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Variable names--can they be too short or too long?

By RayJeff ·
People: ghost_75_24@...
Variable names--can they be too short or too long?
Everyone who's taken any type of programming class has had the obligatory lesson of creating variables. Going from chosing the type for a specific function all the down to the name being very descriptive of what the actual variable does. How many of us actually keep those lessons today, years after the class has been over, much less even being awake in class that day? It's almost two years since I've been programming professionally and those lesson come back to me almost everyday. But one thing I'm having second thoughts about is the way I name a variable. Specifically, I think I make the variable name too long.

The reason I believe my variable names are too long because for one, they are! Depending on what the variable holds, I make it long. It's usually the format of what the variable holds and where the variable is located. For example, If I were to have a variable in a Java applet that holds a SSN in an employee info form. the variable name might be "ssnEmployeeInfoForm" with EmployeeInfoForm" being a part of the actual whole name of the form. This can get very tedious over time. I've read over many texts and blogs and group posts, etc of "following established naming conventions" of a particular company, etc. This puts me at a great debate. I say this because of the current project I've been working on for the almost two years. I'm working in a division that had no IT person at all before me, muchless a programmer for me to be mentored by. Also, there is no one in the college (where I work) that has ever designed an in-house program/application for use. And the main part is there is no established naming convention. So, I'm basically using all of the academic knowing I have and applying it the best way I can.

My problem is considering my situation, are my variable names long enough or too long? Should variable names be as descriptive as they can be or just brief enough to be ok? I also remember the lessons about in the good ol old days of computing when variable names had to be very short because of writing a program with less than 1 Meg of memory and only KBs of hard drive space. Totally different from today's world. So, I want to put this out there to you TechRepublic. I'd like to hear your opinions.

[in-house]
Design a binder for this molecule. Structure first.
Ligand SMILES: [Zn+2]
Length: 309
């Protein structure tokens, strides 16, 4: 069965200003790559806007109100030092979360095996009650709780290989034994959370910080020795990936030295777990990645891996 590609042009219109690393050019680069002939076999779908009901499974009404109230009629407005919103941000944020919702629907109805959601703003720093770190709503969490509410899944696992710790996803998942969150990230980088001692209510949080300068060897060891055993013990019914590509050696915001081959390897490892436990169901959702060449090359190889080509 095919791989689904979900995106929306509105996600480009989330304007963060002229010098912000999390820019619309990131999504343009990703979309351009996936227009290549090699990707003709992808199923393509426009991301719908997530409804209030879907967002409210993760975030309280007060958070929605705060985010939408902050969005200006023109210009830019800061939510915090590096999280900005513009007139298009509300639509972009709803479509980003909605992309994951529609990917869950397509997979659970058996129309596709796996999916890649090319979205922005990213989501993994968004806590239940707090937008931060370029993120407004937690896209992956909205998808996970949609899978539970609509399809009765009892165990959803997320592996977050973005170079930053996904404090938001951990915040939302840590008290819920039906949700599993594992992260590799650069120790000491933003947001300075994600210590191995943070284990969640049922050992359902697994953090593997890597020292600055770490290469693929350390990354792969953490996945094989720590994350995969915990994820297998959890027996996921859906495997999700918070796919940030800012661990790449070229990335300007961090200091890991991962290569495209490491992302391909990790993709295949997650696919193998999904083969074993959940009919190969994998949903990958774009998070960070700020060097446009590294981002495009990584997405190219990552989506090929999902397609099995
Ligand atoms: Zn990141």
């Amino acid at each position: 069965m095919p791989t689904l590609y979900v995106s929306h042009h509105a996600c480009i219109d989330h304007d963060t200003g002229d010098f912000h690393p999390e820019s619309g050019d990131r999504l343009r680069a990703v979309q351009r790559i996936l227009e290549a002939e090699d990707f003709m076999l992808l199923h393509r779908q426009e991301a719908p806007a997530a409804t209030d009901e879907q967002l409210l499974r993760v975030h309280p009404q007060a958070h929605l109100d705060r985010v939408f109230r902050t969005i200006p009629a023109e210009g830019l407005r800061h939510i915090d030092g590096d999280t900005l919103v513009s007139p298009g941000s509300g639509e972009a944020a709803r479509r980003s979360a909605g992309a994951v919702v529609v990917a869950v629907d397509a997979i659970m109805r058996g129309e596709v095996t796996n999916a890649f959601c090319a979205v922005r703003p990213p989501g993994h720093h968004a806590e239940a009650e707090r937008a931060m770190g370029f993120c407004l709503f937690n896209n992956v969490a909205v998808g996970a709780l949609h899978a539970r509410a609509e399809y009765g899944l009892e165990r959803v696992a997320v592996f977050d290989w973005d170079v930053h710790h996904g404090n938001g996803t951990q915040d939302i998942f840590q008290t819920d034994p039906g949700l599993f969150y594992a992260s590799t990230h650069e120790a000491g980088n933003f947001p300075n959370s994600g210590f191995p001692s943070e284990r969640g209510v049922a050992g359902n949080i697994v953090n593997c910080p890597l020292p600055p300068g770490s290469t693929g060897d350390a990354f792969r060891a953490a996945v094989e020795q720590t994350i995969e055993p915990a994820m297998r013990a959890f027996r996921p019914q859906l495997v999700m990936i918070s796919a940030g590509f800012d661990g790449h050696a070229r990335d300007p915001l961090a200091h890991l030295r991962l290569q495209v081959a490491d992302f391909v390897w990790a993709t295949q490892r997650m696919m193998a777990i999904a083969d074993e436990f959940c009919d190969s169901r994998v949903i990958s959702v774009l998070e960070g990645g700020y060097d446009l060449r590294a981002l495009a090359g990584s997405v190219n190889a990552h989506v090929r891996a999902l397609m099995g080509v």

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you actually hit it on the head there

by Jaqui In reply to Variable names--can they ...

if you are coding for an embedded application, then you have size constraines that have to be taken into concideration even today. ( cell phones, palm computers )

yet, the name of a variable isn't really a size issue.
most compilers only use the first few characters for the name when they compile.

with interpreted languages like java, it's more of an issue, so you have to look at the target hardware.

yes, they can be to short.
far to short.

grab yourself a copy of the linux kernel, and open one of the larger c or c++ files.

single letter variable names. ( not just a loop variable either )
no indication of what it's for. ( bad commenting )
so it is better, when not space constrained with interpreted language to have the longer, descriptive variable name.

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Java isn't Interpreted

by lance.dolan In reply to you actually hit it on th ...

Unless I'm mistaken and we're talking JavaScript, Java is not interpreted. It's compiled into bytecode, and how a JVM chooses to manage and represent variable names in RAM within itself is JVM dependent I believe...

But yes, you are correct that at compile time, the entire variable name is not used, and so there is no advantage of shorter variable names unless you're really worried about the size of your SOURCE, not your application.

Thus, I use very long variable names all the time, in pursuance of maintainability, since there is no real disadvantage to a long variable name.

That being said - don't go off with a variable name so long that it actually makes its purpose LESS clear. For example, waterTemperature is better than waterTemperatureInCelciusWhileBeingManipulatedByTheUser
or whatever.

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